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Friction

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When sliding an abject on a surface, frictional forces need to be overcome. What is exactly friction? When an object is placed on a surface, electromagnetic forces are being formed between the object and the surface. These atomic bonds need to be detached for every instant during motion. Therefore, friction always acts in the opposite direction of the applied force and is dependent on two quantities. First, the magnitude of friction depends on the weight of the object. The heavier the object the stronger the frictional force. Second, the magnitude of friction depends on the properties of the surface. It is easier to slide ice on ice than on a piece of rug.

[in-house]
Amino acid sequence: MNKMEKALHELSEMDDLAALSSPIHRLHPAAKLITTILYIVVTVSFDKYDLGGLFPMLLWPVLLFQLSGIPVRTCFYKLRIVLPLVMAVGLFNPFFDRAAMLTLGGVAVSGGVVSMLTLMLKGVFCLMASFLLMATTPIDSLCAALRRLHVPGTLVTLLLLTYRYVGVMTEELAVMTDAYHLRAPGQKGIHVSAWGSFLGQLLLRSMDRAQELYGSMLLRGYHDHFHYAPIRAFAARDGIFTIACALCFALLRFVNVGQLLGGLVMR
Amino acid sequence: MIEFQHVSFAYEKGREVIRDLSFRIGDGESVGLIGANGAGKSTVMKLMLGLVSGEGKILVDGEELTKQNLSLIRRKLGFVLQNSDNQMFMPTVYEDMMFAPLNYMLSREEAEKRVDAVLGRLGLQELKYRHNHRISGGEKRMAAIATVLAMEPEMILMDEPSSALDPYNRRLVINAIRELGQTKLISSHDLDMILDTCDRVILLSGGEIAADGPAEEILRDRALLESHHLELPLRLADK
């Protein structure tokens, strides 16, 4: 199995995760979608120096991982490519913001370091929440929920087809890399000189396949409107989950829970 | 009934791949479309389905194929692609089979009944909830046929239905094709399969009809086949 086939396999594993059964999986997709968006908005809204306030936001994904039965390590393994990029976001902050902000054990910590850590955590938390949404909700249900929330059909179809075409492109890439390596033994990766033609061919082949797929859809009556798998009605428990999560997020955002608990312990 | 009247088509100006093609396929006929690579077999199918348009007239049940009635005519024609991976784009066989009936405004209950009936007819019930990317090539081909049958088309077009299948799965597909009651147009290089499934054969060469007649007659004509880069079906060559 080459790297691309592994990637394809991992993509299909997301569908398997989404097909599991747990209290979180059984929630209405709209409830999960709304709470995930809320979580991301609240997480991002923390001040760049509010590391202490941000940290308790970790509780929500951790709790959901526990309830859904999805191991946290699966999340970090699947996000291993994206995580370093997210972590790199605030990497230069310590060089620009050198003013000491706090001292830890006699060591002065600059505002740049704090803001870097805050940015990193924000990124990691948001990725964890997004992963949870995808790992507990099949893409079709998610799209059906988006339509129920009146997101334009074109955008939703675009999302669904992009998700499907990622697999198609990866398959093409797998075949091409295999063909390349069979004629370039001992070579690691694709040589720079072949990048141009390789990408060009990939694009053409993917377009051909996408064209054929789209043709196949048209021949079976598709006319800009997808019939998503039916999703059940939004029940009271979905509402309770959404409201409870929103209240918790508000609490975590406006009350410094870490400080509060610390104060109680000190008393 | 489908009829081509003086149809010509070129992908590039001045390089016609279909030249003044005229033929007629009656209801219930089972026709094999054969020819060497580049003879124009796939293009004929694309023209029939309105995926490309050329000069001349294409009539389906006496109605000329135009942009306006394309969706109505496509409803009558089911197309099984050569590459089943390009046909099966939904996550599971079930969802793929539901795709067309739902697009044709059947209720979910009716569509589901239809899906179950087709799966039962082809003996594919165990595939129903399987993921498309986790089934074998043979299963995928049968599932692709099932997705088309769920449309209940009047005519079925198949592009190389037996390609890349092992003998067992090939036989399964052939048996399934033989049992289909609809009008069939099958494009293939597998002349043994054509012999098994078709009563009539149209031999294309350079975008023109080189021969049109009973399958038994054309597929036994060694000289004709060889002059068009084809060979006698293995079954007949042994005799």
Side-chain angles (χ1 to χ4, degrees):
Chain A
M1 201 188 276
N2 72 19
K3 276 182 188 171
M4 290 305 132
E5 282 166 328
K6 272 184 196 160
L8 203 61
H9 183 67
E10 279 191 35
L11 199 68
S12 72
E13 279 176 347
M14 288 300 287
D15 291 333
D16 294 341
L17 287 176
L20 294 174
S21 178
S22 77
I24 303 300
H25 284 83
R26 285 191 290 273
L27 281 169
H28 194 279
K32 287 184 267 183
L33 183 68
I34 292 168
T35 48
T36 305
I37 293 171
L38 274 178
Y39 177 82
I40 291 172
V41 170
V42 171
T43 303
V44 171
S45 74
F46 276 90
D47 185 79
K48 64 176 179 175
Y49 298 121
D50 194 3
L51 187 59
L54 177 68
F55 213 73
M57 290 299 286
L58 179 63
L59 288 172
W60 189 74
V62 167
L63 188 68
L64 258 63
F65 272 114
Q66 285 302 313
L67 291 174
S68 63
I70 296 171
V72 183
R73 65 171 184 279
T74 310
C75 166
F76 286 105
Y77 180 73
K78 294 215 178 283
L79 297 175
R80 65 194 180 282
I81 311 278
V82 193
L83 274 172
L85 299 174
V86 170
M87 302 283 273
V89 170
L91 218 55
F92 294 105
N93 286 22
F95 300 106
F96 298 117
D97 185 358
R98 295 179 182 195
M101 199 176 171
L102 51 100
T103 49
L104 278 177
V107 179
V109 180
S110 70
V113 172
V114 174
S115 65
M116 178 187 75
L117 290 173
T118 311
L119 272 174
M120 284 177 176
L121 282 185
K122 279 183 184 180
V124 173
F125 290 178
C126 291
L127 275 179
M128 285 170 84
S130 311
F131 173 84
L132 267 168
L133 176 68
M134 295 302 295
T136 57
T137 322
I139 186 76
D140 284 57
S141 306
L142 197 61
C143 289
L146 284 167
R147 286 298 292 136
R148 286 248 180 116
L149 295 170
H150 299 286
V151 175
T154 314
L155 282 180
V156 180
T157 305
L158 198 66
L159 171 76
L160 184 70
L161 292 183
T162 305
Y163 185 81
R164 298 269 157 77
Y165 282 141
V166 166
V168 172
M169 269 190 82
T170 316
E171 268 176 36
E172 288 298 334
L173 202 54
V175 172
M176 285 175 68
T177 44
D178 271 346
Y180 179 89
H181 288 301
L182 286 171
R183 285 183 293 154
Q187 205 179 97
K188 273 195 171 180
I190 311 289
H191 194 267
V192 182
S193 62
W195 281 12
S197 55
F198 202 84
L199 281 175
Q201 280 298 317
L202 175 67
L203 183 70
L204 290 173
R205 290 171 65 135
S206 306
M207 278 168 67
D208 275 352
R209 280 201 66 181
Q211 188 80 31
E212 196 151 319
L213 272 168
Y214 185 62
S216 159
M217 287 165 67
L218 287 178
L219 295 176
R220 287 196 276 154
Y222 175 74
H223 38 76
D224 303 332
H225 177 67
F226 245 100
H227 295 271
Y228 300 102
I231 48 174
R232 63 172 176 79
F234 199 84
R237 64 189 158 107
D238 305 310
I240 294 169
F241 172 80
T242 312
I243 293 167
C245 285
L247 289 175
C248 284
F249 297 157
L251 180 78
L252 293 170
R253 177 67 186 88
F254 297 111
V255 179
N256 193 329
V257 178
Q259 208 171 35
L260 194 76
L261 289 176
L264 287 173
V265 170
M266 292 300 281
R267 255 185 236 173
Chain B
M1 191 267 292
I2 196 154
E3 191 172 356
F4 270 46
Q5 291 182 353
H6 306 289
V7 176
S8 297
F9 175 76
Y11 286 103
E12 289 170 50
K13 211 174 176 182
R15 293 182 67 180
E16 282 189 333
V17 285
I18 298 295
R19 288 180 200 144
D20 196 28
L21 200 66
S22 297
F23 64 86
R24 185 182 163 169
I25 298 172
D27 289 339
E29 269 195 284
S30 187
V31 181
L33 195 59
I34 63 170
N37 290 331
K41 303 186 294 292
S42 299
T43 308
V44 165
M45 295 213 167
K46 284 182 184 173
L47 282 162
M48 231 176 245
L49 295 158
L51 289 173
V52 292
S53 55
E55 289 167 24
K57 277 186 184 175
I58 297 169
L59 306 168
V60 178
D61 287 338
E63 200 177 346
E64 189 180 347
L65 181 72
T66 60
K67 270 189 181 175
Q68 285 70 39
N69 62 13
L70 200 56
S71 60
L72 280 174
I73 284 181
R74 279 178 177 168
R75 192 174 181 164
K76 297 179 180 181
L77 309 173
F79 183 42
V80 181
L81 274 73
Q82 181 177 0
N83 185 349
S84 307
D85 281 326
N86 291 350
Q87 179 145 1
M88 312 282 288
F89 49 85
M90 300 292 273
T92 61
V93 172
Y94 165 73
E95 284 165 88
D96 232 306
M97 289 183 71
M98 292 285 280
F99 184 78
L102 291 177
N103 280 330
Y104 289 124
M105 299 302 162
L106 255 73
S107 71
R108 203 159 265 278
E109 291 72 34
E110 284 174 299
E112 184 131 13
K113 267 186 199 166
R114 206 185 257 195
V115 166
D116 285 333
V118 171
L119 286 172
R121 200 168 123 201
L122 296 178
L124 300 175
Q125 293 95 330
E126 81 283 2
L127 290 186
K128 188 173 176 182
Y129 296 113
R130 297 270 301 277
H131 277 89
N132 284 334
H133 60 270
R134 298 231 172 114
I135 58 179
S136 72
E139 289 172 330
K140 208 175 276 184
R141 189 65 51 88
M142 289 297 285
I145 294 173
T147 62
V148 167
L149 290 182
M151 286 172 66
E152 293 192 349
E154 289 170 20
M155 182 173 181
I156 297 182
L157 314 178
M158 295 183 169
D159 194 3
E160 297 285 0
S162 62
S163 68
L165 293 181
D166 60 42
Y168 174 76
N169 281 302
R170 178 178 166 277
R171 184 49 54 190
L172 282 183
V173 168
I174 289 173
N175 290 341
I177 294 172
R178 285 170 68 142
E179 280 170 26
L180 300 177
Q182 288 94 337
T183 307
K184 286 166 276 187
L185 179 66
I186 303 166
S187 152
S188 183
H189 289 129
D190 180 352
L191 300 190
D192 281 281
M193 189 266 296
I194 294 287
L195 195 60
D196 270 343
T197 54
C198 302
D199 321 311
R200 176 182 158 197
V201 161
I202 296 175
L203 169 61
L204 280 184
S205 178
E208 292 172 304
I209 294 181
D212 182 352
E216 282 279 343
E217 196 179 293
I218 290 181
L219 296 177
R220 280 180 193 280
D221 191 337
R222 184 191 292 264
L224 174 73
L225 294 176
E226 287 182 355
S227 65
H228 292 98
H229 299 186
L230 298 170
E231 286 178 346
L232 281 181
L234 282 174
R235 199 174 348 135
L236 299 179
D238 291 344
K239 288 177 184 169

The magnitude of friction is expressed as

f = μN

where f is the frictional force, μ is the coefficient of friction, and N is the weight of the object. Since the frictional force is different for bodies at rest and for bodies at motion, there are two different denotations for μ.

1. μs is called coefficient of static friction and is used for bodies with an initial velocity of zero.

2. μk is called coefficient of kinetic friction and is used for bodies with an initial velocity of greater than zero. Since the body is already moving, it easier to overcome the frictional force.

Typical values for μs are the following:

Metal on metal: μs = 0.15-0.2
Masonry on masonry: μs = 0.60-0.70
Wood on wood: μs = 0.25-0.5
Metal on masonry: μs = 0.30-0.70
Metal on wood: μs = 0.20-0.60
Rubber on concrete: μs = 0.50-0.90

The higher the value for μs, the greater is the frictional force and thus, the force to overcome friction.

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